The term “boycott” comes from the Irish struggle against landlordism in the 1870s. Charles Boycott was a ruthless English landlord who evicted tenant farmers who failed to pay their rent. Many of those who lost their farms ended up penniless and even died of starvation. Irish nationalists were split between those who advocated armed resistance and those who thought that the best tactic was to simply not do business with the landlords who needed their labor and supplies. As Boycott was the first to be targeted, the tactic was named for him. As the novel, Boycott, by Colin C Murphy says: there is more than one way to fight a war.
Today, Israel is being targeted by boycotts. As an academic, I feel the threat to international scientific collaboration, research funding, and access to intellectual networks. I am grateful that the vast majority of my colleagues around the world, including those who openly express criticism of Israel, are not involved in BDS activities. Nonetheless, I do not agree with those who say “academics should be separated from politics.” Frankly, if somebody wants to express his opposition to Israeli settlement activity, or even to Israel’s very existence, by having nothing to do with Israel, and causing Israel economic pain in order to exert pressure, I can’t really object to their emulation of the Irish tactic. Of course, I can, legitimately, criticize the anti-Semitic wrongheadedness of such actions.
Boycotts are not wrong because academics, sports, or art should be kept out of politics, but, rather, because what they are trying to achieve is evil. BDS is not the Irish of the 1870s, but rather the Nazis of the 2010s.
But the boycott that is not acceptable, either intellectually or ethically, is to systematically suppress morally and legally acceptable actions that serve to promote what one purportedly believes in. J Street, and, for that matter, AIPAC, claim to have Israel’s best interests at heart, although left wing and right wing Israelis would vehemently disagree with both respectively. The Israeli government claims to be the defender of Jews everywhere and to be acting to preserve the Jewish people. But all American Jewish organizations and the Israeli government impose a boycott on the most crucial tactic that could serve their expressed goals of saving the Jewish people and Israel: namely, aliya by choice of Jews from North America.
This type of boycott is the worst, because it is done in an Orwellian fashion. One doesn’t raise the subject of aliya in polite conversation. Programs like Birthright bend over forwards and backwards to emphasize that they are most definitely not about aliya. There is Nefesh b’Nefesh, worthy of praise for helping the small self selected and self motivated olim from North America to overcome the hurdles of aliya. But the numbers arriving on their very welcome planes each summer are very small. And they dare not, at risk of alienating the establishment, go beyond those few olim to try to expose the broad American Jewish Community and especially its youth to the notion that living in Israel is both an important Jewish moral imperative, but also a great place to live and bring up children.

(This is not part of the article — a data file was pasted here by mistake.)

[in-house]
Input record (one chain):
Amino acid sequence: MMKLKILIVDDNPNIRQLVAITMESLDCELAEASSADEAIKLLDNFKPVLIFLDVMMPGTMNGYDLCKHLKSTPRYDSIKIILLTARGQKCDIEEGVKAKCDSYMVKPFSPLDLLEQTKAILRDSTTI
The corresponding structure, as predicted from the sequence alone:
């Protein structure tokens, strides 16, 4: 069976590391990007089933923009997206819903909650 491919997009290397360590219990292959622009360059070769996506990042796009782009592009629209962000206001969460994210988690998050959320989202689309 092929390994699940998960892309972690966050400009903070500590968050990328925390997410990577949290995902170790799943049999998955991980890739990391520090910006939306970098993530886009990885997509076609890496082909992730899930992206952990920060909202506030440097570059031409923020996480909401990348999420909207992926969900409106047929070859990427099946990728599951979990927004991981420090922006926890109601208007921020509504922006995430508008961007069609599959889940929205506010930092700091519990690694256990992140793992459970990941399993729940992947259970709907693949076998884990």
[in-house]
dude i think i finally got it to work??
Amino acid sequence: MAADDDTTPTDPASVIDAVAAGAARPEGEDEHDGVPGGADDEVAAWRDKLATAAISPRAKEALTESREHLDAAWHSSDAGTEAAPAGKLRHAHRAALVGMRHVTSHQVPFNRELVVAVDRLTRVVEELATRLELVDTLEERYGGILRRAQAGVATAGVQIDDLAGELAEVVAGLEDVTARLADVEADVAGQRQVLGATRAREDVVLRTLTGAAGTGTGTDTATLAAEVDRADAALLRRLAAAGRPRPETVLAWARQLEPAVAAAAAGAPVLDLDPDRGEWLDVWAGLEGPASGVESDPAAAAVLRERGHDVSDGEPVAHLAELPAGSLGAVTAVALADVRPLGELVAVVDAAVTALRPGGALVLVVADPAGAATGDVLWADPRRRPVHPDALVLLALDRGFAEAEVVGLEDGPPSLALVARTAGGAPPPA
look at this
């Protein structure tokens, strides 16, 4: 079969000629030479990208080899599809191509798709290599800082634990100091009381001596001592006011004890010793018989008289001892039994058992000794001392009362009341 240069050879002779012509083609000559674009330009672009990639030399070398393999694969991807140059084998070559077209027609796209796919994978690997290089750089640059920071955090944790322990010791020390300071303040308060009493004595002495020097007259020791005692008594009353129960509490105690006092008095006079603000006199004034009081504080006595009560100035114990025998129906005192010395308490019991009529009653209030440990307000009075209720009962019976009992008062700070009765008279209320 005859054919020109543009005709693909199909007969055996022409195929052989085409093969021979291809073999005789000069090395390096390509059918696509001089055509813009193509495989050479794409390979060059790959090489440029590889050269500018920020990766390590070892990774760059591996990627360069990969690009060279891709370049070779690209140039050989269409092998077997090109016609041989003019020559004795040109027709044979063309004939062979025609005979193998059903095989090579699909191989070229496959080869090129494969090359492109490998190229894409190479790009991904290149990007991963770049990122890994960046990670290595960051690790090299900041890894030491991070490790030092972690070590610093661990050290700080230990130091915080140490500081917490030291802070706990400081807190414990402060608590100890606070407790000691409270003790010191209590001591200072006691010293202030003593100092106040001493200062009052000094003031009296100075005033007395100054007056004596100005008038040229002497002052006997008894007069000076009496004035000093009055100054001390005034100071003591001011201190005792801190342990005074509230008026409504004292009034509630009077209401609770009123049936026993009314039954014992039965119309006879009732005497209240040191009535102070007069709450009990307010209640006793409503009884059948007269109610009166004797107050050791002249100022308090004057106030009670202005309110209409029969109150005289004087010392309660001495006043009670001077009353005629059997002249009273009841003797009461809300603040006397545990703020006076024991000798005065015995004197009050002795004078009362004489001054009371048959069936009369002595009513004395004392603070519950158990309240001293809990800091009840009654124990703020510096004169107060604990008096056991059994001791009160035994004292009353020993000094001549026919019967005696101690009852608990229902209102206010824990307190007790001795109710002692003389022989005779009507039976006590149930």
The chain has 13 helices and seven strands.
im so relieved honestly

Israel is treated, by both American Jewish leaders and their Israeli counterparts as a Holocaust Museum, the world vanguard against Islamic extremism, the refuge for Jews on the run from the former Soviet Union, Ethiopia and, lately France, but not as a place one would choose to live. Jeffery Goldberg in a recent piece in the Atlantic on “Is it Time for the Jews to Leave Europe,” spent twenty tortured pages coming to the pretty obvious conclusion: yes. But he had to digress for two pages to explain why nothing of the sort is true regarding the United States. The glib, hypocritical, intellectually dishonest writings of people like Goldberg and Peter Beinart, who will talk critically about every inch of Israel’s predicament without even referring to the fundamental issue of where Jews who claim to love Israel should live is much worse than BDS.
Then there is Caroline Glick of the Jerusalem Post who thinks Israel will be just fine if we annex the West Bank and grant citizenship to all the Palestinians living there because some debatable demographic projections show that Jews will remain a majority. Even if the demography is right, shouldn’t some of Glick’s acerbic pen-womanship be directed at the failure of so called “Zionists” to put their mouth where their money is going? To live in Israel and not just support it from afar as some source of Jewish “identity” fetish? Isn’t such behavior not only denying Israel a source of population and economic growth that no amount of lobbying Congress or financial support could provide, but also simply a dishonest betrayal of the notion that Israel is the expression of the Jewish people’s right and desire for self determination?
To all of these “lovers of Israel,” I say, take two Diasporans and call me in the morning. Boycotting Israel is bad, but not as bad as boycotting part of your own truth.
Aliya from North America in sufficient numbers, say half a million, is the necessary, and perhaps even sufficient condition to save both Israel and the Jewish people. As Hillel Halkin wrote in a much ignored essay in Commentary entitled “If Israel Ceased to Exist” (2007), Israel and the Jewish people will disappear not because of Iran but because American Jews didn’t move to Israel in numbers, and the Israeli establishment did nothing to attract them. As he put it, roughly, Jewish history is like baseball, first Temple is strike one, second Temple is strike two, strike three and you’re out. The game is not over, but we are in the bottom of the ninth, two out.